Is cast iron non-stick?  Why is my food sticking?

Is cast iron non-stick? Why is my food sticking?

In this installment, I wanted to touch on a question that is asked of us very, very often.  One that's asked so much that it's absolutely one of the reasons why we began exploring vintage cast iron in the first place!   We are often asked from customers which cast iron pieces are more "non-stick" than others (i.e. new seasoned pans, sanded surfaces, or vintage milled surfaces) and whether it helps or hurts "non-stick" nature of food to the pan.    Let's talk about what is meant by "non-stick" and what the beginner REALLY wants to know.  

 Old Vs. New:  Which is "more" non-stick?

When we first starting cooking together we used both new Lodge cast iron and also Teflon coated skillets and stainless cookware.  These were given to us as wedding gifts  so they were our daily cookers.  However, as we started reading about Teflon and some of the theories that are out there about carcinogens, we really wanted to back away from those surfaces.  But, we both had trouble cooking on our newer Lodge cast iron when it came to food sticking on the surface.  We'd use butter or other oils but to consistently get food to not remain in the pan, but it was difficult at best.  Our newer cast iron lived mostly in the cabinets rather than the cooktop because we didn't feel confident actually USING it, especially since it was so heavy.  

So a number of years ago, I was given my grandmothers skillet and dutch oven, but we experienced the same issues.  They are a 1940's Lodge three notch #8 and an unknown #8 dutch oven that were original to my grandmom Clara Bell, who is the namesake for our website.  I LOVED how much lighter the skillet was than my new Lodge, but lo and behold, when I used it to make eggs for the first time...the food STUCK AGAIN!  Why was this happening?  Am I that much of a culinary novice that I can't get this right?  

Well, turns out, the problem wasn't the skillet, it was the skillet OWNER that was creating the sticky surface.  I was the culprit.  I didn't realize the secret to cooking with cast iron at the time.  That secret my friends, is temperature control. 

Temperature is key!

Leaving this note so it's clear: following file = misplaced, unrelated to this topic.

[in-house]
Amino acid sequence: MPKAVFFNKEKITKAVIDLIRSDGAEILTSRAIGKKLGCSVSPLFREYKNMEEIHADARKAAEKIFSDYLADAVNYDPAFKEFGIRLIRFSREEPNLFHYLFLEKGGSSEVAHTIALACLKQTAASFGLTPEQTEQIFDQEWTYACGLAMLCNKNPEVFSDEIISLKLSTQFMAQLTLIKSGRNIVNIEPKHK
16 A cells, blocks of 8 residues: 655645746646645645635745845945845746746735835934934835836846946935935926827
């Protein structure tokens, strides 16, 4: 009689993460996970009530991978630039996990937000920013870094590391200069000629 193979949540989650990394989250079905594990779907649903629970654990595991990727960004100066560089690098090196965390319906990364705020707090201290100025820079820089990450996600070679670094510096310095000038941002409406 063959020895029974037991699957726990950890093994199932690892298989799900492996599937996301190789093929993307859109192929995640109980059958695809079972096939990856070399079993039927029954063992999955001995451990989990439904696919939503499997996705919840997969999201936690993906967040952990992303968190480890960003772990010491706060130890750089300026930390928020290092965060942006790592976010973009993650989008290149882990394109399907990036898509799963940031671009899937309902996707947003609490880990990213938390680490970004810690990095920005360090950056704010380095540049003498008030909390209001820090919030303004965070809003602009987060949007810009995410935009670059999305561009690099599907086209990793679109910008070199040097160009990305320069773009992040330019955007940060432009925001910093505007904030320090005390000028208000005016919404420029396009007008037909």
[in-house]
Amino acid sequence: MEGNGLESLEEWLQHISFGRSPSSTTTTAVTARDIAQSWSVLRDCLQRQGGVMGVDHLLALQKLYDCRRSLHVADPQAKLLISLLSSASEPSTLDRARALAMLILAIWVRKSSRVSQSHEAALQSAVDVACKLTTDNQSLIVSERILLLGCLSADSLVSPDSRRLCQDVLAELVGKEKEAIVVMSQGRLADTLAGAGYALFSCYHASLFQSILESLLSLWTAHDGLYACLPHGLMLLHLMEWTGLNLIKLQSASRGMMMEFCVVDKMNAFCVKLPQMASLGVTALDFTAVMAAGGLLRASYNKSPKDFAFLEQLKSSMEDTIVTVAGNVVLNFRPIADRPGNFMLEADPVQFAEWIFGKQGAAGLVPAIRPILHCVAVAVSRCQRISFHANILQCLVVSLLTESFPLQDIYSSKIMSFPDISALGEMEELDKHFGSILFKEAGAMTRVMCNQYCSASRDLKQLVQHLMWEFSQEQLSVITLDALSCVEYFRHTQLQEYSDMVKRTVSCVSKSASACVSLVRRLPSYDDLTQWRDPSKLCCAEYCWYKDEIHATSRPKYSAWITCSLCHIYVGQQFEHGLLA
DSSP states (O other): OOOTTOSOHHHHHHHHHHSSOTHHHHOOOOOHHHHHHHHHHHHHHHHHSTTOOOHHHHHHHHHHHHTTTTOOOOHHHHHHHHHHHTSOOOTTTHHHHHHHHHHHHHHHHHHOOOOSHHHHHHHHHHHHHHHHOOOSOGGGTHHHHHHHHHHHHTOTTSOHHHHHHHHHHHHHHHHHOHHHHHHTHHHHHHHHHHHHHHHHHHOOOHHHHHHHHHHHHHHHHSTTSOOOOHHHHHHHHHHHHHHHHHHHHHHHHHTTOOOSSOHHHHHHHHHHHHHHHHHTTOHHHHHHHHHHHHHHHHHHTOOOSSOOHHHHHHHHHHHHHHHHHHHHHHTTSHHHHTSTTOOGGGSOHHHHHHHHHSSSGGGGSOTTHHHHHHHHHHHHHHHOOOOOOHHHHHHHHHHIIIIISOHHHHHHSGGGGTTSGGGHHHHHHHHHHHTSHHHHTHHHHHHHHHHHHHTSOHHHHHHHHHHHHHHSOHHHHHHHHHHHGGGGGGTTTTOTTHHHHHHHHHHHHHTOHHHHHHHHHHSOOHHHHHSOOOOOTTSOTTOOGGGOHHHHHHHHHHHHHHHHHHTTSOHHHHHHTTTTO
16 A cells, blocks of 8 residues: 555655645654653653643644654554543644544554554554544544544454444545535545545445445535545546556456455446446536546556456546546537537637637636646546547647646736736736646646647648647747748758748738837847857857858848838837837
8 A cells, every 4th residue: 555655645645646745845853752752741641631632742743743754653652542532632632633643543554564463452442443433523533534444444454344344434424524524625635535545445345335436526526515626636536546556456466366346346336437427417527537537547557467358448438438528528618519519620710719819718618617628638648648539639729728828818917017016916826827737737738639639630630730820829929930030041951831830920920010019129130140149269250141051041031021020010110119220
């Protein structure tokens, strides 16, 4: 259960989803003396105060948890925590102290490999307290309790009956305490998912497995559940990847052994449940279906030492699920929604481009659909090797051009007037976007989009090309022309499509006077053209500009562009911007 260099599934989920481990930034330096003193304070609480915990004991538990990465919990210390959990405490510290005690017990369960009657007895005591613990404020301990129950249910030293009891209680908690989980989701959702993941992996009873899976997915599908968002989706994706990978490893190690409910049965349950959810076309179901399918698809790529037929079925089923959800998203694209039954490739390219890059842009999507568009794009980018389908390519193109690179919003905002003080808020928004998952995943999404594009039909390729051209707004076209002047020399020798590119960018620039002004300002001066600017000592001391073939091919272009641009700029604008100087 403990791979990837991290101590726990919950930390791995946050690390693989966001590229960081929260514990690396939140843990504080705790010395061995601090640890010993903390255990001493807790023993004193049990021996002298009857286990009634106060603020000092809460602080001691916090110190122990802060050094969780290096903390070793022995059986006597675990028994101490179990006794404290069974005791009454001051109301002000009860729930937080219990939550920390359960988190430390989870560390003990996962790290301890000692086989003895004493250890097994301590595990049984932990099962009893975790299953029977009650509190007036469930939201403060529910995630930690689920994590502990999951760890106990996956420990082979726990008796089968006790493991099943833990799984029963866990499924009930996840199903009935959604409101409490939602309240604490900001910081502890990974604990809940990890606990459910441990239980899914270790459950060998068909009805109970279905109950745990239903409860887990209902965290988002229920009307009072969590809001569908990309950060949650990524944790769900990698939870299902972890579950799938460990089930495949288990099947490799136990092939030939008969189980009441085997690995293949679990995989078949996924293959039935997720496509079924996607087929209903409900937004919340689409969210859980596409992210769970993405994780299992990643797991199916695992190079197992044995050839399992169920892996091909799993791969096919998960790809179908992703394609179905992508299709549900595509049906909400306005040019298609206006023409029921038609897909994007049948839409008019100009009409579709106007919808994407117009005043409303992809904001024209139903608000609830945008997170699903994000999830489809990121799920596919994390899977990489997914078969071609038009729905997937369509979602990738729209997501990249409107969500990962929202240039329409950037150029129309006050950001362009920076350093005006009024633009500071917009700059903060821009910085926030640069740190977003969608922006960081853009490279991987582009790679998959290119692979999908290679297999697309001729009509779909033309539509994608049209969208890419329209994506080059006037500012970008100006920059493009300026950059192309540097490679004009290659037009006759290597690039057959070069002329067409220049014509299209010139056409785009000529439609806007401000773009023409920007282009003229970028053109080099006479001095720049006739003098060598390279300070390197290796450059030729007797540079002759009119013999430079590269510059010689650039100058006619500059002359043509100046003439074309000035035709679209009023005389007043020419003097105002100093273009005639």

Temperature (and specifically LOWER temperatures than what you would use with a stainless steel or alloy skillet) is the most important factor in having your cooked food slide off the cookware and on to the plate.  If your food is sticking, whether it be cornbread in a divided skillet or corn pone pan, or your sunny side up eggs, the reason almost every time, is too high of temperature.  When we make waffles in our fancy French Waffle Iron from Griswold, those babies will stick like Spiderman to a wall if they are cooking above my 375 degree target.  No matter how much oil you use, they will stick because the oil barrier that separates the food from the surface is breaking down.  So now, with the help of a good infrared heat thermometer,  we keep it in check as we make Saturday morning waffles.  

What temp is best?  

That question is more of a matter of feel for the food you're cooking.  The first rule we have adopted in our house is never to cook on HIGH heat.  It's just not necessary for most dishes unless you are browning or searing.  But even then, it's usually possible on medium high.  For other foods it will take some trial and error to make that perfect fried egg or omelette for almost every aspect of cooking in the kitchen, most applications need no higher than MEDIUM-high heat with cast iron.  Cast iron heats up slower than other metals, so you need to make sure you don't blast your pieces right away with heat.  However the trade off is that they do hold heat exceptionally well.  As you get used to your cast pieces, your "feel factor" will have you on auto pilot in the kitchen.  

 One last tip that we've found helpful is to keep a log of foods and temps that work best.  Whether on a recipe card or on a shared note file on your phone with the family, it helps to keep those kitchen mishaps down especially for those that are finding the old memory isn't as it used to be!  Happy Cooking!  


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